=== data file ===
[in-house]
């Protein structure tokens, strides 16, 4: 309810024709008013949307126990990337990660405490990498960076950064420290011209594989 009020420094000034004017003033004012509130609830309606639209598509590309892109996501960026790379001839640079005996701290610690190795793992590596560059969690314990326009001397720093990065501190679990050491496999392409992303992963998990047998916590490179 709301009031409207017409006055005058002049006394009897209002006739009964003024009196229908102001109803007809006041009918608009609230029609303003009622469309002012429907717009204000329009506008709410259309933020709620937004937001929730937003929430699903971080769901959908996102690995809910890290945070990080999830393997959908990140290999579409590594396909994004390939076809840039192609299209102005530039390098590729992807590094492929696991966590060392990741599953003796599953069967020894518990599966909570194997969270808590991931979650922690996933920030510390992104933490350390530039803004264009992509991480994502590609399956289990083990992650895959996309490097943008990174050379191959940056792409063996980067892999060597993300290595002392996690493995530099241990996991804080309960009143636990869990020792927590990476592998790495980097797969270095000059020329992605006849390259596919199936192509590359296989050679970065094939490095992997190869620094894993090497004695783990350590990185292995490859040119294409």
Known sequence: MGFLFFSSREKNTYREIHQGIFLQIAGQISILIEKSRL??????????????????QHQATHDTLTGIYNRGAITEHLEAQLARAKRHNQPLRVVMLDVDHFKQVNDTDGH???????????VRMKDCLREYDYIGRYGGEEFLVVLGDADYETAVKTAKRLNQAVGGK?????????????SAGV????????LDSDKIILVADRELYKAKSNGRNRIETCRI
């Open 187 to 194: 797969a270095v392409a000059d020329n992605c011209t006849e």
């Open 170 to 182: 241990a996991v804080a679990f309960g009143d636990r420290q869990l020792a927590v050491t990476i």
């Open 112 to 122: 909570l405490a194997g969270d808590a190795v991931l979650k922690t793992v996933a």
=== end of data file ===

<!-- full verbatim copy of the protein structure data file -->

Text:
[in-house]
């Protein structure tokens, strides 16, 4: 309810024709008013949307126990990337990660405490990498960076950064420290011209594989 009020420094000034004017003033004012509130609830309606639209598509590309892109996501960026790379001839640079005996701290610690190795793992590596560059969690314990326009001397720093990065501190679990050491496999392409992303992963998990047998916590490179 709301009031409207017409006055005058002049006394009897209002006739009964003024009196229908102001109803007809006041009918608009609230029609303003009622469309002012429907717009204000329009506008709410259309933020709620937004937001929730937003929430699903971080769901959908996102690995809910890290945070990080999830393997959908990140290999579409590594396909994004390939076809840039192609299209102005530039390098590729992807590094492929696991966590060392990741599953003796599953069967020894518990599966909570194997969270808590991931979650922690996933920030510390992104933490350390530039803004264009992509991480994502590609399956289990083990992650895959996309490097943008990174050379191959940056792409063996980067892999060597993300290595002392996690493995530099241990996991804080309960009143636990869990020792927590990476592998790495980097797969270095000059020329992605006849390259596919199936192509590359296989050679970065094939490095992997190869620094894993090497004695783990350590990185292995490859040119294409």
Known sequence: MGFLFFSSREKNTYREIHQGIFLQIAGQISILIEKSRL??????????????????QHQATHDTLTGIYNRGAITEHLEAQLARAKRHNQPLRVVMLDVDHFKQVNDTDGH???????????VRMKDCLREYDYIGRYGGEEFLVVLGDADYETAVKTAKRLNQAVGGK?????????????SAGV????????LDSDKIILVADRELYKAKSNGRNRIETCRI
């Open 187 to 194: 797969a270095v392409a000059d020329n992605c011209t006849e």
């Open 170 to 182: 241990a996991v804080a679990f309960g009143d636990r420290q869990l020792a927590v050491t990476i």
């Open 112 to 122: 909570l405490a194997g969270d808590a190795v991931l979650k922690t793992v996933a």